The world of finance has already been through some seismic changes. In the 1980s, the Bloomberg Terminal gave Wall Street traders access to real-time data, research, and instant messaging. Everyone in the marketplace could finally talk to each other, it was truly revolutionary. In the 90s, Renaissance was the first hedge fund to bet on mathematical models. That was the start of quant funds.
Venture capital hasn’t changed since it first came on the scene in the 1950s. Some new players have joined the team – micro-VCs, solo capitalists, super angels. But the game has always been played in three sets and the rules are the same: it’s about sourcing as many deals as you can, doing due diligence… basically, doing whatever it takes to close the deal!
This game – half a century old now – has a name: inefficiency. There are a few reasons for that. First, investors rely on their network to source deals. It’s hard – even impossible – for them to cover the whole market.
Second, investment is directly dependent on how much time you have. You can only invest in so many companies.
It’s inefficient, because an investment thesis – assuming you have one – comes with an expiry date. Venture capital theses are a double-edged sword.
Another reason why it’s inefficient is that there is a big asymmetry in market information not just between entrepreneurs and investors, but between investors themselves. Opacity reigns at every level.
And the early stage market is noisy. Over 200,000 start-ups are created in the US every year, and around 50,000 in Europe. Those numbers are impressive, but financial analysts rarely look at those kinds of business, and the rating agencies ignore them.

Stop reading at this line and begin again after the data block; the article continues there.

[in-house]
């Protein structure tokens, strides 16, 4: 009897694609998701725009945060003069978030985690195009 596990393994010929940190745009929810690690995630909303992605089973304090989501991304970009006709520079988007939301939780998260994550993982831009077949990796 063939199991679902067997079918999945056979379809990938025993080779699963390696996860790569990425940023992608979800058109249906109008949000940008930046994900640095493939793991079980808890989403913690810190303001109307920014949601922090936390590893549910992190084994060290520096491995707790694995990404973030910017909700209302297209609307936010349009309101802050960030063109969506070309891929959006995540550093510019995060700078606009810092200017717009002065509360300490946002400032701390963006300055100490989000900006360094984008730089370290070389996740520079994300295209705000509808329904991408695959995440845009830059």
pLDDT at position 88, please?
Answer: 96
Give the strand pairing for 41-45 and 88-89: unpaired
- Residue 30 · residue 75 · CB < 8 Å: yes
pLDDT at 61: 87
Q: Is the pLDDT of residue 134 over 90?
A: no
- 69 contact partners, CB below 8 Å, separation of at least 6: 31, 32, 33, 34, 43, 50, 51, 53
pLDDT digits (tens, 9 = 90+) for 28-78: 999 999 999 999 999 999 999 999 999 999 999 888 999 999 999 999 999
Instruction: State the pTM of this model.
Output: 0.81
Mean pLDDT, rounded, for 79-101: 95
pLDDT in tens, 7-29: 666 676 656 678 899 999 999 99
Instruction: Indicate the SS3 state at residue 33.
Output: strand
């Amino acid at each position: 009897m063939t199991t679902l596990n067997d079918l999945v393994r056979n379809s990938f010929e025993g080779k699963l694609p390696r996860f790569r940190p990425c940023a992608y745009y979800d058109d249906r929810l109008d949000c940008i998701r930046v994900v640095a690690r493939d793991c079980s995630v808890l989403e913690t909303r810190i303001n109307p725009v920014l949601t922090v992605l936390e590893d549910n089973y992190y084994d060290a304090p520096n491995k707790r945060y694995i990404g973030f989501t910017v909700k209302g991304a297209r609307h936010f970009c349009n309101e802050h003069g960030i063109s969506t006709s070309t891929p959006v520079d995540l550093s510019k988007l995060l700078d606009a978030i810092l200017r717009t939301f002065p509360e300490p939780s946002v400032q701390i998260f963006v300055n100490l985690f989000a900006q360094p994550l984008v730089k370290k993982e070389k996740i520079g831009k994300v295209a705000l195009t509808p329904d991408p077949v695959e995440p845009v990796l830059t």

Finally, if we’re being realistic, it’s not investors that choose the best entrepreneurs, it’s the other way around. The best entrepreneurs pick their investors.
That’s the paradox of the venture capital industry. This is an asset class that’s been phenomenally successful at funding every technological breakthrough for the last four centuries – but it uses no tech itself.
There’s less innovation in the tech funding industry than in construction or education. Maybe because a venture capital fund is first and foremost a collection of personalities that aren’t always coherent?
Whatever the reason, this market’s inherent failures have been great for the best, the funds that have been able to forge a strong brand identity. The venture capital industry is built on the power law principle: not only does a fund’s performance depend on a small number of investors – outliers, but the industry’s overall performance is concentrated in a handful of stakeholders, all of whom have been around for at least 20 years. Who are the losers? Emerging market funds, investment funds that have struggled to consolidate their brand, and finally limited partners, especially family offices, which find it hard to access the cream of the venture capital crop and its returns.
I’m ready to bet that the game I’ve just described will be played on a whole new field within the next five years. Maybe even earlier.
Why? Because artificial intelligence (AI) now has the power to correct the three big inefficiencies in the market: available time, noise, and opacity.
> Available time because, like pretty much every white collar job, venture capital is set for a boom in productivity, in many different roles. Tracking business performance, reading pitch decks, initial contact with entrepreneurs, most administrative tasks, even writing investment memos, support functions for portfolio firms, all of that will be reorganised and simplified by AI.
> Noise, because that’s where the first wave of disruption will hit. Eliminating noise is like trying to find a needle in a haystack. The ones who can do it will be the big winners in the future. SignalFire, Tribe Capital, and 2.12 Angels are the best examples.
> Eliminating opacity will be the second wave of innovation (and we already have a snapshot of that with AngelList). A Bloomberg Terminal-style revolution will introduce transparency into the marketplace. Everyone will have access to information on deals. Signal, NFX, and Harmonics.ai. are the pioneers in that area.
As a result, the playing field could open up to other stakeholders, not just VC funds, which would be a game-changer for family offices.
Source: Monaco for Finance